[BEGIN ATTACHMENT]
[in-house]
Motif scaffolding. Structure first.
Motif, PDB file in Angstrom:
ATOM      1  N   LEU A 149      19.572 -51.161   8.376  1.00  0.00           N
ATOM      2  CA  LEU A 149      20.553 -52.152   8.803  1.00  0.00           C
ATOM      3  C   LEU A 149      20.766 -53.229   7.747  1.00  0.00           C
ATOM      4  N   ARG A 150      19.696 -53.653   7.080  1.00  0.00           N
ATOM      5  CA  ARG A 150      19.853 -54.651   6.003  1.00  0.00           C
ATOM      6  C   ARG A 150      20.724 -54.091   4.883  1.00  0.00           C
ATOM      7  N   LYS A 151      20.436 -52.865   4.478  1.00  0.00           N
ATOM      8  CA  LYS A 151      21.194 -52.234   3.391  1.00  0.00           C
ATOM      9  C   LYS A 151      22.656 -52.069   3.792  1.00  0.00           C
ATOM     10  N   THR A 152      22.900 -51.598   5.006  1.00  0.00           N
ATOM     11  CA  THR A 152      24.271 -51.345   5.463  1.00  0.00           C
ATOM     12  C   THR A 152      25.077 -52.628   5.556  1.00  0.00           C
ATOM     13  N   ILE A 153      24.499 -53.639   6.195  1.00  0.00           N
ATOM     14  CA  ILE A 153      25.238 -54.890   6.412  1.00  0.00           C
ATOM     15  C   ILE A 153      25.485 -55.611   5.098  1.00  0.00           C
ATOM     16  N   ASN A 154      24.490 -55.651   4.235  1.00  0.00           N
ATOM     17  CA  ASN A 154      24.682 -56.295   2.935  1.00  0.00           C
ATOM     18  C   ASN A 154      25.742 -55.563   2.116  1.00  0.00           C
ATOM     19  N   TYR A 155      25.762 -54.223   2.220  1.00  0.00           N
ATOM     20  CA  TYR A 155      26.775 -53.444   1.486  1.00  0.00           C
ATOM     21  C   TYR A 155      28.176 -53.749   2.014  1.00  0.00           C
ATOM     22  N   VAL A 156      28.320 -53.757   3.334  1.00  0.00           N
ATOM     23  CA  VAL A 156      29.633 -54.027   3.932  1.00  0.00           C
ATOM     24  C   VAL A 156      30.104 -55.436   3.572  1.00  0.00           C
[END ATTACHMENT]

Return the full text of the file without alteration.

[in-house]
Motif scaffolding. Structure first.
Motif, PDB file in Angstrom:
ATOM      1  N   LEU A 149      19.572 -51.161   8.376  1.00  0.00           N
ATOM      2  CA  LEU A 149      20.553 -52.152   8.803  1.00  0.00           C
ATOM      3  C   LEU A 149      20.766 -53.229   7.747  1.00  0.00           C
ATOM      4  N   ARG A 150      19.696 -53.653   7.080  1.00  0.00           N
ATOM      5  CA  ARG A 150      19.853 -54.651   6.003  1.00  0.00           C
ATOM      6  C   ARG A 150      20.724 -54.091   4.883  1.00  0.00           C
ATOM      7  N   LYS A 151      20.436 -52.865   4.478  1.00  0.00           N
ATOM      8  CA  LYS A 151      21.194 -52.234   3.391  1.00  0.00           C
ATOM      9  C   LYS A 151      22.656 -52.069   3.792  1.00  0.00           C
ATOM     10  N   THR A 152      22.900 -51.598   5.006  1.00  0.00           N
ATOM     11  CA  THR A 152      24.271 -51.345   5.463  1.00  0.00           C
ATOM     12  C   THR A 152      25.077 -52.628   5.556  1.00  0.00           C
ATOM     13  N   ILE A 153      24.499 -53.639   6.195  1.00  0.00           N
ATOM     14  CA  ILE A 153      25.238 -54.890   6.412  1.00  0.00           C
ATOM     15  C   ILE A 153      25.485 -55.611   5.098  1.00  0.00           C
ATOM     16  N   ASN A 154      24.490 -55.651   4.235  1.00  0.00           N
ATOM     17  CA  ASN A 154      24.682 -56.295   2.935  1.00  0.00           C
ATOM     18  C   ASN A 154      25.742 -55.563   2.116  1.00  0.00           C
ATOM     19  N   TYR A 155      25.762 -54.223   2.220  1.00  0.00           N
ATOM     20  CA  TYR A 155      26.775 -53.444   1.486  1.00  0.00           C
ATOM     21  C   TYR A 155      28.176 -53.749   2.014  1.00  0.00           C
ATOM     22  N   VAL A 156      28.320 -53.757   3.334  1.00  0.00           N
ATOM     23  CA  VAL A 156      29.633 -54.027   3.932  1.00  0.00           C
ATOM     24  C   VAL A 156      30.104 -55.436   3.572  1.00  0.00           C